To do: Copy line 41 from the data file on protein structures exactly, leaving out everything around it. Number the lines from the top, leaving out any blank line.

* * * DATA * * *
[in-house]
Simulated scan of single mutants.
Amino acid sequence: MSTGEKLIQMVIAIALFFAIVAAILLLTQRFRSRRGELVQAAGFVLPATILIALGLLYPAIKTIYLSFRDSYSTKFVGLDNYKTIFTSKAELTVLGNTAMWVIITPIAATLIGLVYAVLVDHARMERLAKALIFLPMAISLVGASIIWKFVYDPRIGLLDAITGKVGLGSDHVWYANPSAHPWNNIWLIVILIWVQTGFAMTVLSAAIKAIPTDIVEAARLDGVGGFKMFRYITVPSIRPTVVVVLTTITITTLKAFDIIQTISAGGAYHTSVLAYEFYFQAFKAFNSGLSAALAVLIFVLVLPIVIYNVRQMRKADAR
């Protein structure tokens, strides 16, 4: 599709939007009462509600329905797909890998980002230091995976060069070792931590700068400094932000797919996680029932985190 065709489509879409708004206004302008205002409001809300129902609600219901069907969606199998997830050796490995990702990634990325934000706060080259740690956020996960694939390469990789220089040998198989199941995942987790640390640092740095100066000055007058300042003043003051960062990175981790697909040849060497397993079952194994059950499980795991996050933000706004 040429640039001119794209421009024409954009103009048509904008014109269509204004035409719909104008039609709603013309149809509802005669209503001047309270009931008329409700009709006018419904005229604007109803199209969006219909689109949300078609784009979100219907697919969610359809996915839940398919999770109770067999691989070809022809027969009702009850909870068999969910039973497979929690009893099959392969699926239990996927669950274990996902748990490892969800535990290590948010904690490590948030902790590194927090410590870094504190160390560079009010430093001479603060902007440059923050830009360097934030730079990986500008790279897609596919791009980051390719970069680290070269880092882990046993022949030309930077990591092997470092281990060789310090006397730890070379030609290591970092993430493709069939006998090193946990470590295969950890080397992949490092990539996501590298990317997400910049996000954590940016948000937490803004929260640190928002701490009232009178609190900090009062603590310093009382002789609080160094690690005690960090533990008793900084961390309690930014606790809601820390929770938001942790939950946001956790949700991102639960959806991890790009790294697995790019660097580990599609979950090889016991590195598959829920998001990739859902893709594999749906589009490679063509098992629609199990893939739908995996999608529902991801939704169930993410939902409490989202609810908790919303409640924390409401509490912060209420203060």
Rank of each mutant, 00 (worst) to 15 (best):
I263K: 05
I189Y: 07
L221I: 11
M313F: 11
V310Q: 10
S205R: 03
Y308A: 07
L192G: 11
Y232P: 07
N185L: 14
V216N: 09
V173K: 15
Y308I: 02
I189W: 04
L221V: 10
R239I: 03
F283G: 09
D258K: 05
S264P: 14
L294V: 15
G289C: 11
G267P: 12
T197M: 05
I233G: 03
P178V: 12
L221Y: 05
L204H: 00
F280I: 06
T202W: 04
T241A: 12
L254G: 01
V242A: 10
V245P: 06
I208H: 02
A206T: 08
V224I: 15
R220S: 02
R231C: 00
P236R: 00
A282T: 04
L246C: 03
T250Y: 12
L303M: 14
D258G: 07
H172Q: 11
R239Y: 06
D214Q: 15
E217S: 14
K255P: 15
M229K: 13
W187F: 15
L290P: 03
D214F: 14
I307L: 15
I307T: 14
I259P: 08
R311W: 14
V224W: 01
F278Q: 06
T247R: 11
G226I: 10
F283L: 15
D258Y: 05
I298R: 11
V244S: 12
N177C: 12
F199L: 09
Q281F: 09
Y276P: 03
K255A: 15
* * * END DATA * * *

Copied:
V224I: 15